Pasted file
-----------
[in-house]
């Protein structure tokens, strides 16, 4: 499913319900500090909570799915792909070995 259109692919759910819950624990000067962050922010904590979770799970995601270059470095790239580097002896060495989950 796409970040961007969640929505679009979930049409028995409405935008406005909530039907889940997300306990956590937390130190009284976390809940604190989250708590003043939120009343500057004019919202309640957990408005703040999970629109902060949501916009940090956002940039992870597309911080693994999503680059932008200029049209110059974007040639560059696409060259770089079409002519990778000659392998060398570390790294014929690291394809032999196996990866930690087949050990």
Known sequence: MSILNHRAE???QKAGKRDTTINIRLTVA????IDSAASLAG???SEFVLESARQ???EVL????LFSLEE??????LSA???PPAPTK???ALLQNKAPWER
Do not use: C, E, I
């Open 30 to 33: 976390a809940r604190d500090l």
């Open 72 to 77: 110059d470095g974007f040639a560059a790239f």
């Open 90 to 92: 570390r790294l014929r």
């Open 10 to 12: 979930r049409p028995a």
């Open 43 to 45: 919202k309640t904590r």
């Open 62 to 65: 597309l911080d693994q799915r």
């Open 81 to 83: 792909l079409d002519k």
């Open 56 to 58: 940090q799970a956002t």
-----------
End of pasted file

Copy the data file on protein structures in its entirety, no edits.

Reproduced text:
[in-house]
């Protein structure tokens, strides 16, 4: 499913319900500090909570799915792909070995 259109692919759910819950624990000067962050922010904590979770799970995601270059470095790239580097002896060495989950 796409970040961007969640929505679009979930049409028995409405935008406005909530039907889940997300306990956590937390130190009284976390809940604190989250708590003043939120009343500057004019919202309640957990408005703040999970629109902060949501916009940090956002940039992870597309911080693994999503680059932008200029049209110059974007040639560059696409060259770089079409002519990778000659392998060398570390790294014929690291394809032999196996990866930690087949050990």
Known sequence: MSILNHRAE???QKAGKRDTTINIRLTVA????IDSAASLAG???SEFVLESARQ???EVL????LFSLEE??????LSA???PPAPTK???ALLQNKAPWER
Do not use: C, E, I
């Open 30 to 33: 976390a809940r604190d500090l």
């Open 72 to 77: 110059d470095g974007f040639a560059a790239f």
């Open 90 to 92: 570390r790294l014929r």
């Open 10 to 12: 979930r049409p028995a």
């Open 43 to 45: 919202k309640t904590r």
């Open 62 to 65: 597309l911080d693994q799915r």
């Open 81 to 83: 792909l079409d002519k």
């Open 56 to 58: 940090q799970a956002t």